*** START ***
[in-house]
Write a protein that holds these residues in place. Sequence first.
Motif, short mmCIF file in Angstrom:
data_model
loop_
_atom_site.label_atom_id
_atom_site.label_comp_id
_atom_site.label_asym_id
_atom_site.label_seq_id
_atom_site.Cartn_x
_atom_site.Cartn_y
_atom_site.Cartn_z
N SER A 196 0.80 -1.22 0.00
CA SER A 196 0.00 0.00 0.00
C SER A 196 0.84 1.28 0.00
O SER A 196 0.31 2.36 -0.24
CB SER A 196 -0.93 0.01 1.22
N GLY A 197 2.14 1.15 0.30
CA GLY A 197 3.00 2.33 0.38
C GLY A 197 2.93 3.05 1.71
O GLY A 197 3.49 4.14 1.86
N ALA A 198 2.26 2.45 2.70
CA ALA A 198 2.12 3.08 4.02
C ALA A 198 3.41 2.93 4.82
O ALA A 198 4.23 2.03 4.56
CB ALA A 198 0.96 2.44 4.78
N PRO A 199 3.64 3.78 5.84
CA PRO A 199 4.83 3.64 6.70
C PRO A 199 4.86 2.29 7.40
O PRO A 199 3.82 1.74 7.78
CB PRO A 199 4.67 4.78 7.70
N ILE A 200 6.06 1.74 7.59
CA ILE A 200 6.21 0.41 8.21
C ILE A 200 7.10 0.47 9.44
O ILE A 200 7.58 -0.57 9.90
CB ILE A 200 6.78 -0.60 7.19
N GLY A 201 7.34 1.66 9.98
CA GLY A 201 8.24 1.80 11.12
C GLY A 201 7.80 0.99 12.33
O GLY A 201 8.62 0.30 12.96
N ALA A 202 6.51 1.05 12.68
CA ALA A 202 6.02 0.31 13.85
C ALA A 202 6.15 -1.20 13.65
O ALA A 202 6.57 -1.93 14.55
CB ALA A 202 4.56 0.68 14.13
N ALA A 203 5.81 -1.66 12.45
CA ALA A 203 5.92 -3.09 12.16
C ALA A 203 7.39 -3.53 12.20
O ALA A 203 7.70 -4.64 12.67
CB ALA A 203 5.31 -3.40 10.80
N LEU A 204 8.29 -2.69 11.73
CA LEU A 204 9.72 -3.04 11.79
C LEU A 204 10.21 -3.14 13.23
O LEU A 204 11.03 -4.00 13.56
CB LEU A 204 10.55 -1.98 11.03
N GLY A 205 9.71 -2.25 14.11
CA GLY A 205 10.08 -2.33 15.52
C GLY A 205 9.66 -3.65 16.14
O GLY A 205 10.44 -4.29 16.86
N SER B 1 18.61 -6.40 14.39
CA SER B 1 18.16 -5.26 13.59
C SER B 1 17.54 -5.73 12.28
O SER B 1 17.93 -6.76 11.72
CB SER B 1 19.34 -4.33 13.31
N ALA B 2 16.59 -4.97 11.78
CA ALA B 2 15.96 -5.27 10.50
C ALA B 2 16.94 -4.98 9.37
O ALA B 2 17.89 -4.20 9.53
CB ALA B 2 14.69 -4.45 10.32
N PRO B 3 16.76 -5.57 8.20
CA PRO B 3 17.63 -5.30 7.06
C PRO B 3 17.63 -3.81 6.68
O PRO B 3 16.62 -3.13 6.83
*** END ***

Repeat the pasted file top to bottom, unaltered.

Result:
[in-house]
Write a protein that holds these residues in place. Sequence first.
Motif, short mmCIF file in Angstrom:
data_model
loop_
_atom_site.label_atom_id
_atom_site.label_comp_id
_atom_site.label_asym_id
_atom_site.label_seq_id
_atom_site.Cartn_x
_atom_site.Cartn_y
_atom_site.Cartn_z
N SER A 196 0.80 -1.22 0.00
CA SER A 196 0.00 0.00 0.00
C SER A 196 0.84 1.28 0.00
O SER A 196 0.31 2.36 -0.24
CB SER A 196 -0.93 0.01 1.22
N GLY A 197 2.14 1.15 0.30
CA GLY A 197 3.00 2.33 0.38
C GLY A 197 2.93 3.05 1.71
O GLY A 197 3.49 4.14 1.86
N ALA A 198 2.26 2.45 2.70
CA ALA A 198 2.12 3.08 4.02
C ALA A 198 3.41 2.93 4.82
O ALA A 198 4.23 2.03 4.56
CB ALA A 198 0.96 2.44 4.78
N PRO A 199 3.64 3.78 5.84
CA PRO A 199 4.83 3.64 6.70
C PRO A 199 4.86 2.29 7.40
O PRO A 199 3.82 1.74 7.78
CB PRO A 199 4.67 4.78 7.70
N ILE A 200 6.06 1.74 7.59
CA ILE A 200 6.21 0.41 8.21
C ILE A 200 7.10 0.47 9.44
O ILE A 200 7.58 -0.57 9.90
CB ILE A 200 6.78 -0.60 7.19
N GLY A 201 7.34 1.66 9.98
CA GLY A 201 8.24 1.80 11.12
C GLY A 201 7.80 0.99 12.33
O GLY A 201 8.62 0.30 12.96
N ALA A 202 6.51 1.05 12.68
CA ALA A 202 6.02 0.31 13.85
C ALA A 202 6.15 -1.20 13.65
O ALA A 202 6.57 -1.93 14.55
CB ALA A 202 4.56 0.68 14.13
N ALA A 203 5.81 -1.66 12.45
CA ALA A 203 5.92 -3.09 12.16
C ALA A 203 7.39 -3.53 12.20
O ALA A 203 7.70 -4.64 12.67
CB ALA A 203 5.31 -3.40 10.80
N LEU A 204 8.29 -2.69 11.73
CA LEU A 204 9.72 -3.04 11.79
C LEU A 204 10.21 -3.14 13.23
O LEU A 204 11.03 -4.00 13.56
CB LEU A 204 10.55 -1.98 11.03
N GLY A 205 9.71 -2.25 14.11
CA GLY A 205 10.08 -2.33 15.52
C GLY A 205 9.66 -3.65 16.14
O GLY A 205 10.44 -4.29 16.86
N SER B 1 18.61 -6.40 14.39
CA SER B 1 18.16 -5.26 13.59
C SER B 1 17.54 -5.73 12.28
O SER B 1 17.93 -6.76 11.72
CB SER B 1 19.34 -4.33 13.31
N ALA B 2 16.59 -4.97 11.78
CA ALA B 2 15.96 -5.27 10.50
C ALA B 2 16.94 -4.98 9.37
O ALA B 2 17.89 -4.20 9.53
CB ALA B 2 14.69 -4.45 10.32
N PRO B 3 16.76 -5.57 8.20
CA PRO B 3 17.63 -5.30 7.06
C PRO B 3 17.63 -3.81 6.68
O PRO B 3 16.62 -3.13 6.83